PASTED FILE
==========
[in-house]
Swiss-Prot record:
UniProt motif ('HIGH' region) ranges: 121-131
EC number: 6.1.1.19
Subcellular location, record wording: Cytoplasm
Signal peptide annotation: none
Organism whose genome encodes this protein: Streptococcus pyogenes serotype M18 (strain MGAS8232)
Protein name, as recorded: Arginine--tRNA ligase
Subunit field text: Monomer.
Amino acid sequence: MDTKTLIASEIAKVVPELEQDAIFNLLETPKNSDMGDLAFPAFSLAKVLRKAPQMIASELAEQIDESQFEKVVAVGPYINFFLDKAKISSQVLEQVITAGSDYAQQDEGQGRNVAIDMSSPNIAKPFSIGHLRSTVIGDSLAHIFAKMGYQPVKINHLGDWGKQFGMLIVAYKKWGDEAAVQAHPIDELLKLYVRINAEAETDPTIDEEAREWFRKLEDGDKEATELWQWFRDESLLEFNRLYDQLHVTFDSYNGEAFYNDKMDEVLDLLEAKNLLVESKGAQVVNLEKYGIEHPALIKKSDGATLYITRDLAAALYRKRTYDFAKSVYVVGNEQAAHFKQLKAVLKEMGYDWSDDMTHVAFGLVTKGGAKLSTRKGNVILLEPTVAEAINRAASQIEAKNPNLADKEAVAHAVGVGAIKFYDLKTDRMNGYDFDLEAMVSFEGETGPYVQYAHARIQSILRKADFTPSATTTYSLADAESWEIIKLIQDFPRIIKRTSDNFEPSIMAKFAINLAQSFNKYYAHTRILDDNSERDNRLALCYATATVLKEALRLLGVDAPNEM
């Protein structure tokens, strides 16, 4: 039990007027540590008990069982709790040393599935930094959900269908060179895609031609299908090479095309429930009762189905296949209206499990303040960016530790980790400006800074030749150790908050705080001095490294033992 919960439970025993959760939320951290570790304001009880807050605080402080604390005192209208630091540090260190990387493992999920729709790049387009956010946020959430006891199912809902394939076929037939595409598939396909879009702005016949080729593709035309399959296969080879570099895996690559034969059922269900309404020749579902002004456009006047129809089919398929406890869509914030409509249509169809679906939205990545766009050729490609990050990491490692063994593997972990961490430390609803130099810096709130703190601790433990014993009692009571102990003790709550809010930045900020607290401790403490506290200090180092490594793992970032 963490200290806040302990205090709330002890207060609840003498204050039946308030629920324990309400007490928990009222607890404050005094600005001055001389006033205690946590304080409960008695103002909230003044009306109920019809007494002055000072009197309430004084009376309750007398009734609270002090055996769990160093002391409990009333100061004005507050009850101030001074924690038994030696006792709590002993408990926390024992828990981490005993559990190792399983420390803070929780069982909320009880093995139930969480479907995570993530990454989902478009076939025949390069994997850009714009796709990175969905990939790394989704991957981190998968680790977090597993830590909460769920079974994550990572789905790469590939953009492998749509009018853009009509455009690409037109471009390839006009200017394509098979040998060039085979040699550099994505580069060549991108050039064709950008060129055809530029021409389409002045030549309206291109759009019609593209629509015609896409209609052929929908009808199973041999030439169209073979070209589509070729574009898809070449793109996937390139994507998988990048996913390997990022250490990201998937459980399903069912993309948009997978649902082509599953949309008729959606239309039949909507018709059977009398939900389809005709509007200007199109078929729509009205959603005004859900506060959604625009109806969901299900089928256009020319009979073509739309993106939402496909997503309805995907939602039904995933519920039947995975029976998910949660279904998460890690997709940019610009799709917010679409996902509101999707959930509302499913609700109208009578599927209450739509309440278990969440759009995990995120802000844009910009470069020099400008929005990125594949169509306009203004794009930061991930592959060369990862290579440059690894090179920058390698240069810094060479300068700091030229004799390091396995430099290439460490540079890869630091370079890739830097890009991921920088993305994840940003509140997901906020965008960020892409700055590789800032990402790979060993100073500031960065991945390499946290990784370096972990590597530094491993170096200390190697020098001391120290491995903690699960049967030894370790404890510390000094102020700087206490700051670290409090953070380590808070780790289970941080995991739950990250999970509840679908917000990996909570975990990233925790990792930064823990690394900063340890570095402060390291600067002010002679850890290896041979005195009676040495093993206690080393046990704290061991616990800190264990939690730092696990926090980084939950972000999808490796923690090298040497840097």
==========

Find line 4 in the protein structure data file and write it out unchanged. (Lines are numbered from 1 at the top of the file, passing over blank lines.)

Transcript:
EC number: 6.1.1.19